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Brebner v. Wilmington Insurance Co.

Superior Court of Delaware

September 4, 2012

Brebner
v.
Wilmington Insurance Co.

Submitted: August 10, 2012

Mary E. Sherlock, Esquire Weber, Gallagher, Simpson, Stapleton, Fires & Newby, LLP

Richard E. Berl, Jr., Esquire Smith Feinberg McCartney & Berl, LLP

On Plaintiffs' Motion for Summary Judgment: GRANTED

On Defendant's Motion for Declaratory Relief: DENIED Dear Counsel:

This is the Court's decision on the dispositive motions that have been filed in the above-captioned case. The underlying facts are undisputed.

Plaintiffs own a home in Rehoboth Beach, Delaware. In a major snowstorm in the winter of 2010, a cast iron radiator on the second floor of the home broke causing water to escape. The radiator was a part of a hot water heating system. Plaintiffs' expert has opined that the heating system is a closed loop system that circulates the same water unless the water volume drops, in which case a valve opens to permit "new" water to enter the loop. The bottom line is that the hot water radiator continued to leak after the initial break because this valve allowed new water from the regular water supply pipes to continue pouring through the heating pipes to the radiator and out into the house. Thousands of gallons of water entered the second floor, flowed down through the first floor and into the basement. Rising water in the basement caused the furnace to cut off, thereby allowing a bathroom water pipe to freeze, burst and contribute to the damage. The resultant damage was extensive and Plaintiffs seek from their insurer, Defendant, coverage well in excess of $200, 000.00.

Defendant acknowledges that the homeowner's insurance policy in place at the time provides for coverage but argues the insurance policy's water damage limitation endorsement limits Defendant's liability to $10, 000.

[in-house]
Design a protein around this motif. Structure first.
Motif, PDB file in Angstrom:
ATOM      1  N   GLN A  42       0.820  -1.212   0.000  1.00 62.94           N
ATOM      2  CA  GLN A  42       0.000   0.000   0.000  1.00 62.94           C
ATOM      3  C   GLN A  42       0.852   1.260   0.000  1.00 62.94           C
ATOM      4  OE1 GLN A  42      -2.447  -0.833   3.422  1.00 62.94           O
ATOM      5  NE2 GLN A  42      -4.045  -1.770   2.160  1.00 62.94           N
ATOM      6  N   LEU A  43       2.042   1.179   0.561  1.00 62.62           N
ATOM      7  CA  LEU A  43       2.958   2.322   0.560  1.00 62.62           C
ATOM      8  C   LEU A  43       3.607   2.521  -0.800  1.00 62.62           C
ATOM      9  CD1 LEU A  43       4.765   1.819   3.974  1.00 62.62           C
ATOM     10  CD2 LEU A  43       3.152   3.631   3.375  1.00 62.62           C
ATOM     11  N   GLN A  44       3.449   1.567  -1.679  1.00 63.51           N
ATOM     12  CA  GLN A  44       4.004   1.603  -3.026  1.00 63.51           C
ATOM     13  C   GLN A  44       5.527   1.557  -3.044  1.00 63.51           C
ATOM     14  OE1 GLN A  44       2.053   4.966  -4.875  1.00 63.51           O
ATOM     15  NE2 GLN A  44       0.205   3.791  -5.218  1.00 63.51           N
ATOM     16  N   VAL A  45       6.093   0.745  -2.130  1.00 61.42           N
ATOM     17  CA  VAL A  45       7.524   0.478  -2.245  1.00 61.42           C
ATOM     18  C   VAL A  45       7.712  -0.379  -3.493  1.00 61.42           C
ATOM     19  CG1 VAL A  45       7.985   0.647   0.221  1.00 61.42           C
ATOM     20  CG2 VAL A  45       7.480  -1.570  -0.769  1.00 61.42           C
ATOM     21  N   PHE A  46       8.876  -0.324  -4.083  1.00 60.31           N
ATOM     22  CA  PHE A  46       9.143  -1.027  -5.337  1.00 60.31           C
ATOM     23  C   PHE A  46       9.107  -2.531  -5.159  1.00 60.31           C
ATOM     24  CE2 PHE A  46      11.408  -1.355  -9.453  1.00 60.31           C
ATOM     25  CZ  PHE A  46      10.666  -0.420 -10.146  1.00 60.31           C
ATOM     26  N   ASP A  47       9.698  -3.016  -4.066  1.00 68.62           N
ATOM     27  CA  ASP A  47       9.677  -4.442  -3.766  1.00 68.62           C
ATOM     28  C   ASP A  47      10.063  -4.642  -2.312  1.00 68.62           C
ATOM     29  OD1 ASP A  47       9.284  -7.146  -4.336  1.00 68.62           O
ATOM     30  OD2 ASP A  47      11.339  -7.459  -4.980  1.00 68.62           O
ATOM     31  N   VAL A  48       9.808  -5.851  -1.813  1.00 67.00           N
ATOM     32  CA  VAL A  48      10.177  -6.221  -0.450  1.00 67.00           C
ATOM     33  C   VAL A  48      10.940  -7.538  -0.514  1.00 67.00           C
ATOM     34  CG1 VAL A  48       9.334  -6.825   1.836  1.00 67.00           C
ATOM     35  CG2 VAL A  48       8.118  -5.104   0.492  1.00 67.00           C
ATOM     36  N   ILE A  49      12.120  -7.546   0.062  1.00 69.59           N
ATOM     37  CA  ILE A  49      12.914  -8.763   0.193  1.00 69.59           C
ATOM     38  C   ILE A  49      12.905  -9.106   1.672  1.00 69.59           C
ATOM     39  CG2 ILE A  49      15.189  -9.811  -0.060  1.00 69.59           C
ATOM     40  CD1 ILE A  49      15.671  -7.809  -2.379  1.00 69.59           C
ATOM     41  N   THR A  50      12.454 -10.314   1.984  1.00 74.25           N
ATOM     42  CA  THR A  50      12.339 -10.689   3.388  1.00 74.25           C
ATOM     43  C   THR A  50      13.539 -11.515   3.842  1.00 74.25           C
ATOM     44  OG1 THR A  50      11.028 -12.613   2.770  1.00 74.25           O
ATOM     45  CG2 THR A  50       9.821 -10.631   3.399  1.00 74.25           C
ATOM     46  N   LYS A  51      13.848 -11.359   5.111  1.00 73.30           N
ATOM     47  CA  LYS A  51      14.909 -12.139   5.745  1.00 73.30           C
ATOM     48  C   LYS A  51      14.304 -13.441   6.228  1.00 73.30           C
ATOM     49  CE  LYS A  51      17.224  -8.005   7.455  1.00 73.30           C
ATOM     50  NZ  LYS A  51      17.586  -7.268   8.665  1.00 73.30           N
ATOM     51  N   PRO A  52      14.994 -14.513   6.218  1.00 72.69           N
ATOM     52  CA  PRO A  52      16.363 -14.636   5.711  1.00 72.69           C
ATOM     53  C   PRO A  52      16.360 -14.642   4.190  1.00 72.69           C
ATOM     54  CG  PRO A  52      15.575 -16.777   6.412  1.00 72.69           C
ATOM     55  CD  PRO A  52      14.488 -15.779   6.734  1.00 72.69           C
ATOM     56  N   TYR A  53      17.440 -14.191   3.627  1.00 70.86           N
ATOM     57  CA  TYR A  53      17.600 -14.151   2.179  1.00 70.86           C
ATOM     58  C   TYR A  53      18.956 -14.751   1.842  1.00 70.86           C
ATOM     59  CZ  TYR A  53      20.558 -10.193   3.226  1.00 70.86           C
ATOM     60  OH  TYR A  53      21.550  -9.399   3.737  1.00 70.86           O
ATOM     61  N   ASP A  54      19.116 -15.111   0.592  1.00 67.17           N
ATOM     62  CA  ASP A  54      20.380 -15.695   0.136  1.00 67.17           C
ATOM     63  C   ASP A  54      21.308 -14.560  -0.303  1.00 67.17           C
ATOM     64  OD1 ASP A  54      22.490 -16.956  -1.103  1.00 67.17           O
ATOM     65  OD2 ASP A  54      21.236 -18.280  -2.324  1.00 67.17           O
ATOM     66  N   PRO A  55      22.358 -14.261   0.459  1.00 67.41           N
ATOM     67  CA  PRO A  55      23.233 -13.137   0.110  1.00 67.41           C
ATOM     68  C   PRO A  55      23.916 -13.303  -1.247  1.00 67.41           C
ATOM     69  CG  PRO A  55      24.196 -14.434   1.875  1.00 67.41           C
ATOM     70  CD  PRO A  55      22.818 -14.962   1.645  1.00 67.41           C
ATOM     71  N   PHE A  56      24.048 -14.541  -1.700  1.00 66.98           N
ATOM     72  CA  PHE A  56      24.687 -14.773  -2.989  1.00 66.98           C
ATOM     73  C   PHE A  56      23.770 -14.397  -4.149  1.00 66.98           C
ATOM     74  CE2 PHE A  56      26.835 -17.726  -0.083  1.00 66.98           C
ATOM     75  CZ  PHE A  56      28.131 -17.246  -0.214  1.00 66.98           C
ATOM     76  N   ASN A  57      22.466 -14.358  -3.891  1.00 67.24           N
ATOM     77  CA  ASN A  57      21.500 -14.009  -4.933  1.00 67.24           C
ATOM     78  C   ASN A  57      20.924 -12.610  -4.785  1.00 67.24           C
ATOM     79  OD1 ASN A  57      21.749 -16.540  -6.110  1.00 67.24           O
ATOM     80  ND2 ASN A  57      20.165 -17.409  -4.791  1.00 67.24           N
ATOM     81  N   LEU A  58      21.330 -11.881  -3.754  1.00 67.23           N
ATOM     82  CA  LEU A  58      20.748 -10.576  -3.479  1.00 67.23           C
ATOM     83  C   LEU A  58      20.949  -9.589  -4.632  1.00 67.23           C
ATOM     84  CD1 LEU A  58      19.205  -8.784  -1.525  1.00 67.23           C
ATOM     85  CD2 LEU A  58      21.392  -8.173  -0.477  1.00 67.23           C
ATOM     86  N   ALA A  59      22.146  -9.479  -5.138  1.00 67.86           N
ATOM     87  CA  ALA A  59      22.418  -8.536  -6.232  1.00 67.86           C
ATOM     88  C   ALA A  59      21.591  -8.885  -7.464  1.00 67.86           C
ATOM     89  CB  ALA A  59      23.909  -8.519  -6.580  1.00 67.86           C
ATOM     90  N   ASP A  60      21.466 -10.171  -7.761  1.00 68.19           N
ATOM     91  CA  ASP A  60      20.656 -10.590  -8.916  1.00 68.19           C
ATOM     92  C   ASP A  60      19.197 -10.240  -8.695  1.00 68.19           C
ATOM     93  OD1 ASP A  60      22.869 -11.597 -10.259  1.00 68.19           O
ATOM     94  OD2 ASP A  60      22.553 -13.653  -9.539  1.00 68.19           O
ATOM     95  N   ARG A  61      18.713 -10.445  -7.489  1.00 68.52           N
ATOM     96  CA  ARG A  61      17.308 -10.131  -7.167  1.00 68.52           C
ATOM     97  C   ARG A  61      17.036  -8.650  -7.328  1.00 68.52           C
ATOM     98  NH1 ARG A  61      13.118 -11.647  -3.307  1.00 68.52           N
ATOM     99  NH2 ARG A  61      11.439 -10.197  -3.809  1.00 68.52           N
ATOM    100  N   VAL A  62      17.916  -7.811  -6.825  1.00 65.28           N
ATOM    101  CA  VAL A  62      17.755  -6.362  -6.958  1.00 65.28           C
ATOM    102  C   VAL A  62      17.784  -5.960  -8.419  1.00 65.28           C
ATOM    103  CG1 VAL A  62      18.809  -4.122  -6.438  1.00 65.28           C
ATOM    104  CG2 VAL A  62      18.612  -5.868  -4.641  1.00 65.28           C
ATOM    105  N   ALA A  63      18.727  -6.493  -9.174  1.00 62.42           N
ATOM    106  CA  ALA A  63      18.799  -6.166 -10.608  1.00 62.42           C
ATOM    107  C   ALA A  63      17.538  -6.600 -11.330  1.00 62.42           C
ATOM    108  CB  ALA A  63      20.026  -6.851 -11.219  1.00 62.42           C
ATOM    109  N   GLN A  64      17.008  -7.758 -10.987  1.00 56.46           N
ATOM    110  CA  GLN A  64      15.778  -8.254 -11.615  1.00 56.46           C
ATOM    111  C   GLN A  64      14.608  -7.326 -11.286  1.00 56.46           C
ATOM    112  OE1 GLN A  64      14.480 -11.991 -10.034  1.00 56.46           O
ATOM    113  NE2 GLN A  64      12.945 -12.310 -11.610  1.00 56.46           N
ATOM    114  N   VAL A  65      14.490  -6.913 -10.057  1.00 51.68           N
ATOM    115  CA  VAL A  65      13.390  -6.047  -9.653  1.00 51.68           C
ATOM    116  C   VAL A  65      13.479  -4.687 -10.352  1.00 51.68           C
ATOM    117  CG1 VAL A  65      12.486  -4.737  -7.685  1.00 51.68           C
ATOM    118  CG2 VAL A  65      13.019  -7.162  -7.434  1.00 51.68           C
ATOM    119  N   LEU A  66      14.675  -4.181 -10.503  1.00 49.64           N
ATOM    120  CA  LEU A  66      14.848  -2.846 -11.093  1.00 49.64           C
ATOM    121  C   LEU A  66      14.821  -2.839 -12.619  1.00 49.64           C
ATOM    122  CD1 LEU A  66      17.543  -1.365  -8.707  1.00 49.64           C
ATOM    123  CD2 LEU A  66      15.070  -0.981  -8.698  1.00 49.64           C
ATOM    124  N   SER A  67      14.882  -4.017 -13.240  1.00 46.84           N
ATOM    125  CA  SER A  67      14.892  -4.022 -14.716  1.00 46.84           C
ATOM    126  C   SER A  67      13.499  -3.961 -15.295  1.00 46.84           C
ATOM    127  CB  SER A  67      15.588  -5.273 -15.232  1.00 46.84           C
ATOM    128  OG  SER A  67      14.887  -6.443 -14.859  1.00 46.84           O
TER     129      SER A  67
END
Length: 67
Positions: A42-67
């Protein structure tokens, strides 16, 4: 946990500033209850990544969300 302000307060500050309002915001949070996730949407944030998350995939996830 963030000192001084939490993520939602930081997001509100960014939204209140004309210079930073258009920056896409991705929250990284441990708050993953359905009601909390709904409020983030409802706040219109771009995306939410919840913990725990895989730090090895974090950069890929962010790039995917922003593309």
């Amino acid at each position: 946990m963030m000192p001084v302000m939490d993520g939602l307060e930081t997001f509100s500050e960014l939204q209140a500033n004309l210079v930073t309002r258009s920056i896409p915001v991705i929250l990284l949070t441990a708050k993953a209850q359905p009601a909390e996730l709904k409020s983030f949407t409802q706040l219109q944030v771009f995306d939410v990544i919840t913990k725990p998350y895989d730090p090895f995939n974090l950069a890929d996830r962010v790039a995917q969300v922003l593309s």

Both parties have filed briefs seeking a declaratory judgment and/or summary judgment on the grounds of the endorsement language. Because there is no factual dispute and briefing has been completed, this matter is now ripe for decision.

Both partes agree that, but for the limitation endorsement, there would be coverage for water damage arising from the accidental discharge of water or steam from the heating equipment.

In a nutshell, Defendant takes the position that the endorsement on water damage encompasses any and all water damage regardless of how the damage occurred. Plaintiffs argue the endorsement limits Defendant's liability in the event the water damage originates from the water pipes or lines, as opposed to the heating system.

The parties agree as to the applicable law for the prop er construction of a contract, including an insurance contract. If the contract language is clear and unambiguous, the parties are bound by the clear meaning of the contract.[1] If there is an ambiguity in an exclusion that creates more than one reasonable interpretation then the policy must be strictly construed against the insurer.[2] But an ambiguity must truly exist and the courts are not free to find coverage where the language clearly excludes or limits coverage.[3]

With this background in mind, it is appropriate to set forth the language of the body of the policy that, but for the exclusion, would provide coverage and ...


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